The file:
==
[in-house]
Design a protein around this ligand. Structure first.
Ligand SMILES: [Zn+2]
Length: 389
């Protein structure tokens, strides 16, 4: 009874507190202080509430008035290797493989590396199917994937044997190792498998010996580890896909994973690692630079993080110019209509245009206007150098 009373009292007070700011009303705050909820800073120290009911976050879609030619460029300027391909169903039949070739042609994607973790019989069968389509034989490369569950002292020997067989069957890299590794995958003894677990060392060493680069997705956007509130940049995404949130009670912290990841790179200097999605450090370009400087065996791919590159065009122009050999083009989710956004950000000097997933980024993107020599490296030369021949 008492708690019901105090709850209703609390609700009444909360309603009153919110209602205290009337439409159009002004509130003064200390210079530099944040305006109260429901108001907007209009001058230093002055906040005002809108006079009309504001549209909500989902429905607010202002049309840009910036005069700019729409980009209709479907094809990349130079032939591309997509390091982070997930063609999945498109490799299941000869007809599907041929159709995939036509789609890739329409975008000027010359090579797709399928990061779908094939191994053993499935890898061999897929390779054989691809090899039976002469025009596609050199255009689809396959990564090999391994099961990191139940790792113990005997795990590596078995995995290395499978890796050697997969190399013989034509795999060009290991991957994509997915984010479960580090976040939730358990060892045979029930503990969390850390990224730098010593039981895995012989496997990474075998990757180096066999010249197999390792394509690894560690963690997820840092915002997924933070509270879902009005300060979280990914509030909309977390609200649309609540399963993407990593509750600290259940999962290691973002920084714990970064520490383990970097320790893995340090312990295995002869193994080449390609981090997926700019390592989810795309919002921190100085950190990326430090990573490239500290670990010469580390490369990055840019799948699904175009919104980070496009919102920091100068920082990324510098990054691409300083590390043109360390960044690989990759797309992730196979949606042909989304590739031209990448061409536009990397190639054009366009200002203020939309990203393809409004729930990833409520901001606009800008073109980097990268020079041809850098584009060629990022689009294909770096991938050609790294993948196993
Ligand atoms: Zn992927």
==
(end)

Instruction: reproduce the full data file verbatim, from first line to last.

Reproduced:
[in-house]
Design a protein around this ligand. Structure first.
Ligand SMILES: [Zn+2]
Length: 389
């Protein structure tokens, strides 16, 4: 009874507190202080509430008035290797493989590396199917994937044997190792498998010996580890896909994973690692630079993080110019209509245009206007150098 009373009292007070700011009303705050909820800073120290009911976050879609030619460029300027391909169903039949070739042609994607973790019989069968389509034989490369569950002292020997067989069957890299590794995958003894677990060392060493680069997705956007509130940049995404949130009670912290990841790179200097999605450090370009400087065996791919590159065009122009050999083009989710956004950000000097997933980024993107020599490296030369021949 008492708690019901105090709850209703609390609700009444909360309603009153919110209602205290009337439409159009002004509130003064200390210079530099944040305006109260429901108001907007209009001058230093002055906040005002809108006079009309504001549209909500989902429905607010202002049309840009910036005069700019729409980009209709479907094809990349130079032939591309997509390091982070997930063609999945498109490799299941000869007809599907041929159709995939036509789609890739329409975008000027010359090579797709399928990061779908094939191994053993499935890898061999897929390779054989691809090899039976002469025009596609050199255009689809396959990564090999391994099961990191139940790792113990005997795990590596078995995995290395499978890796050697997969190399013989034509795999060009290991991957994509997915984010479960580090976040939730358990060892045979029930503990969390850390990224730098010593039981895995012989496997990474075998990757180096066999010249197999390792394509690894560690963690997820840092915002997924933070509270879902009005300060979280990914509030909309977390609200649309609540399963993407990593509750600290259940999962290691973002920084714990970064520490383990970097320790893995340090312990295995002869193994080449390609981090997926700019390592989810795309919002921190100085950190990326430090990573490239500290670990010469580390490369990055840019799948699904175009919104980070496009919102920091100068920082990324510098990054691409300083590390043109360390960044690989990759797309992730196979949606042909989304590739031209990448061409536009990397190639054009366009200002203020939309990203393809409004729930990833409520901001606009800008073109980097990268020079041809850098584009060629990022689009294909770096991938050609790294993948196993
Ligand atoms: Zn992927």